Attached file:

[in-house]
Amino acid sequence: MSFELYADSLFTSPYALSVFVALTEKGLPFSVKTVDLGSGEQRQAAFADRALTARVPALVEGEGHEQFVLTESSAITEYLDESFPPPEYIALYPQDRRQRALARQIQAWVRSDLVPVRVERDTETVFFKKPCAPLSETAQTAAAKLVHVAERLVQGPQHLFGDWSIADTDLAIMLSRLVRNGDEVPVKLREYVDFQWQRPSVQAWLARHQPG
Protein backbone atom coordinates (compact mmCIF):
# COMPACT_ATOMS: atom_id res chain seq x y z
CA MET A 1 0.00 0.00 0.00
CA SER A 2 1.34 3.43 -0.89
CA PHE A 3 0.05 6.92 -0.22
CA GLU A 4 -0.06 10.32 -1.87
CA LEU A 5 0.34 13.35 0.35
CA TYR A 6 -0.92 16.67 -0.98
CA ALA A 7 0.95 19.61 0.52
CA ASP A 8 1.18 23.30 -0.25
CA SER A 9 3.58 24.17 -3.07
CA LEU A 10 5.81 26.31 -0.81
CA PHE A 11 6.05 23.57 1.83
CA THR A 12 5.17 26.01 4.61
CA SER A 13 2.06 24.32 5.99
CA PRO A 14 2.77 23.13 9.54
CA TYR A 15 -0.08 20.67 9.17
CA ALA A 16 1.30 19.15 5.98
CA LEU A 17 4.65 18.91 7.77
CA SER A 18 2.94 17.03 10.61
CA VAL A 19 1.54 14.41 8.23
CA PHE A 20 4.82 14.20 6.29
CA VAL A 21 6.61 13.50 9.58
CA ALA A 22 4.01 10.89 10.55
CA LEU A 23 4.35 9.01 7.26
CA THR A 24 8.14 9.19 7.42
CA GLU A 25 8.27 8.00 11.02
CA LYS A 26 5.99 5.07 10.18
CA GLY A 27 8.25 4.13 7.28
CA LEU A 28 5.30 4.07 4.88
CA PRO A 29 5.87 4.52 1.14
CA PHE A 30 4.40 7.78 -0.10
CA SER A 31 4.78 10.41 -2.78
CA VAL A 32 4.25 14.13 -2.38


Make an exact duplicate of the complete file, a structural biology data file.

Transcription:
[in-house]
Amino acid sequence: MSFELYADSLFTSPYALSVFVALTEKGLPFSVKTVDLGSGEQRQAAFADRALTARVPALVEGEGHEQFVLTESSAITEYLDESFPPPEYIALYPQDRRQRALARQIQAWVRSDLVPVRVERDTETVFFKKPCAPLSETAQTAAAKLVHVAERLVQGPQHLFGDWSIADTDLAIMLSRLVRNGDEVPVKLREYVDFQWQRPSVQAWLARHQPG
Protein backbone atom coordinates (compact mmCIF):
# COMPACT_ATOMS: atom_id res chain seq x y z
CA MET A 1 0.00 0.00 0.00
CA SER A 2 1.34 3.43 -0.89
CA PHE A 3 0.05 6.92 -0.22
CA GLU A 4 -0.06 10.32 -1.87
CA LEU A 5 0.34 13.35 0.35
CA TYR A 6 -0.92 16.67 -0.98
CA ALA A 7 0.95 19.61 0.52
CA ASP A 8 1.18 23.30 -0.25
CA SER A 9 3.58 24.17 -3.07
CA LEU A 10 5.81 26.31 -0.81
CA PHE A 11 6.05 23.57 1.83
CA THR A 12 5.17 26.01 4.61
CA SER A 13 2.06 24.32 5.99
CA PRO A 14 2.77 23.13 9.54
CA TYR A 15 -0.08 20.67 9.17
CA ALA A 16 1.30 19.15 5.98
CA LEU A 17 4.65 18.91 7.77
CA SER A 18 2.94 17.03 10.61
CA VAL A 19 1.54 14.41 8.23
CA PHE A 20 4.82 14.20 6.29
CA VAL A 21 6.61 13.50 9.58
CA ALA A 22 4.01 10.89 10.55
CA LEU A 23 4.35 9.01 7.26
CA THR A 24 8.14 9.19 7.42
CA GLU A 25 8.27 8.00 11.02
CA LYS A 26 5.99 5.07 10.18
CA GLY A 27 8.25 4.13 7.28
CA LEU A 28 5.30 4.07 4.88
CA PRO A 29 5.87 4.52 1.14
CA PHE A 30 4.40 7.78 -0.10
CA SER A 31 4.78 10.41 -2.78
CA VAL A 32 4.25 14.13 -2.38